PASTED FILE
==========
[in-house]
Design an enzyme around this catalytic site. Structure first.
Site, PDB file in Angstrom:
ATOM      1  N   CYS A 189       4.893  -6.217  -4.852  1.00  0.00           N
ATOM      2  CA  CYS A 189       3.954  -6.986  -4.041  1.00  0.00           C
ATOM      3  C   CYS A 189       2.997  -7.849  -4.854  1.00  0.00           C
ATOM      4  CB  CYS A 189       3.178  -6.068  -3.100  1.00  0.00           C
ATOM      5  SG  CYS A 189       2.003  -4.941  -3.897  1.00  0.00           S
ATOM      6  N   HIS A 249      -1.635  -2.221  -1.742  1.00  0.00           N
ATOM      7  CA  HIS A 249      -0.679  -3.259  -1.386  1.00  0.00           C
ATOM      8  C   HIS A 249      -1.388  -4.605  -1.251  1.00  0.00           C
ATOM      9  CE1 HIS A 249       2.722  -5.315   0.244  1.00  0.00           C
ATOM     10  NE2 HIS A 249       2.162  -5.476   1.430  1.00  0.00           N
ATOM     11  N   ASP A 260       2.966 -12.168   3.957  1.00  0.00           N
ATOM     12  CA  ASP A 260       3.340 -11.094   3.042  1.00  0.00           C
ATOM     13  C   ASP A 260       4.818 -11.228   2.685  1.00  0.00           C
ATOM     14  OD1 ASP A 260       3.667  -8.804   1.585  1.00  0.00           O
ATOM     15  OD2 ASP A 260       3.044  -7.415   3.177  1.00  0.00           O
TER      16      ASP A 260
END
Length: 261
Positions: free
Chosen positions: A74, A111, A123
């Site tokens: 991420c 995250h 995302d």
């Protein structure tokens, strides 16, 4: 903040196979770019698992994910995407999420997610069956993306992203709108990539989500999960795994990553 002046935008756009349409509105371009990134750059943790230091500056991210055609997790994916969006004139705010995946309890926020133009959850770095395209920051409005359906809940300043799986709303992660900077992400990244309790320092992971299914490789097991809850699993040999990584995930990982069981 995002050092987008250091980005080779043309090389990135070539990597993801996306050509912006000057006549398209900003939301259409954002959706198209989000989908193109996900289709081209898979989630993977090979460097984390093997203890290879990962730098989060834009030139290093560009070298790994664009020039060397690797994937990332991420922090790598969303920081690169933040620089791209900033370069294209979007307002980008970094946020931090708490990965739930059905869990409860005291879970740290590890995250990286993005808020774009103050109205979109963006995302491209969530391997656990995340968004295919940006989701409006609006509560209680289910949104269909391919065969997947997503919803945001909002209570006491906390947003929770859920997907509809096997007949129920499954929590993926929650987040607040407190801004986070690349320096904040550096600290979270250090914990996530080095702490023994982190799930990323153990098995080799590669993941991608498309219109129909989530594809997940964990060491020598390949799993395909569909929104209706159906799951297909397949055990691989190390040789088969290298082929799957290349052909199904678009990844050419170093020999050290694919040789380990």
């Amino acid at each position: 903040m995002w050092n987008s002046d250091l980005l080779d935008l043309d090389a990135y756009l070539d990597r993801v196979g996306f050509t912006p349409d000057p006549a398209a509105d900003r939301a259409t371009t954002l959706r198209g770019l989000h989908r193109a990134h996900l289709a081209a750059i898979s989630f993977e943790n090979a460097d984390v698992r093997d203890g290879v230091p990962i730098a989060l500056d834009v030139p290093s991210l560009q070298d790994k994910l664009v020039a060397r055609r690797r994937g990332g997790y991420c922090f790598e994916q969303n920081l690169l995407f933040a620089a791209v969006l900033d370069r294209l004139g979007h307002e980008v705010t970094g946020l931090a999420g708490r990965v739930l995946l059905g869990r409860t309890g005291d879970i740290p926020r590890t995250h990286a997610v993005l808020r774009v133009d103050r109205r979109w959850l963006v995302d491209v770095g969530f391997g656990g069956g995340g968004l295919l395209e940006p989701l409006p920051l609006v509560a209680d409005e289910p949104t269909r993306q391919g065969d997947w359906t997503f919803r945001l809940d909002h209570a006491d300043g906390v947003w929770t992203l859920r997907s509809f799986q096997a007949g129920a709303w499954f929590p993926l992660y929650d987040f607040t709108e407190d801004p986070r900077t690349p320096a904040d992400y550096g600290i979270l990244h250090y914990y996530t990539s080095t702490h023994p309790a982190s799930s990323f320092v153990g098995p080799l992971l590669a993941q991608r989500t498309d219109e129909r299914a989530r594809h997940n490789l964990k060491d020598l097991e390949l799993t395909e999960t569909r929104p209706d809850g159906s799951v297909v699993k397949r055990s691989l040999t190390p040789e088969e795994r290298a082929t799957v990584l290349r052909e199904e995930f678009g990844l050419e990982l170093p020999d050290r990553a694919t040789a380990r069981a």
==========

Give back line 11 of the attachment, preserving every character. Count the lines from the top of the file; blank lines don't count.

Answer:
ATOM      8  C   HIS A 249      -1.388  -4.605  -1.251  1.00  0.00           C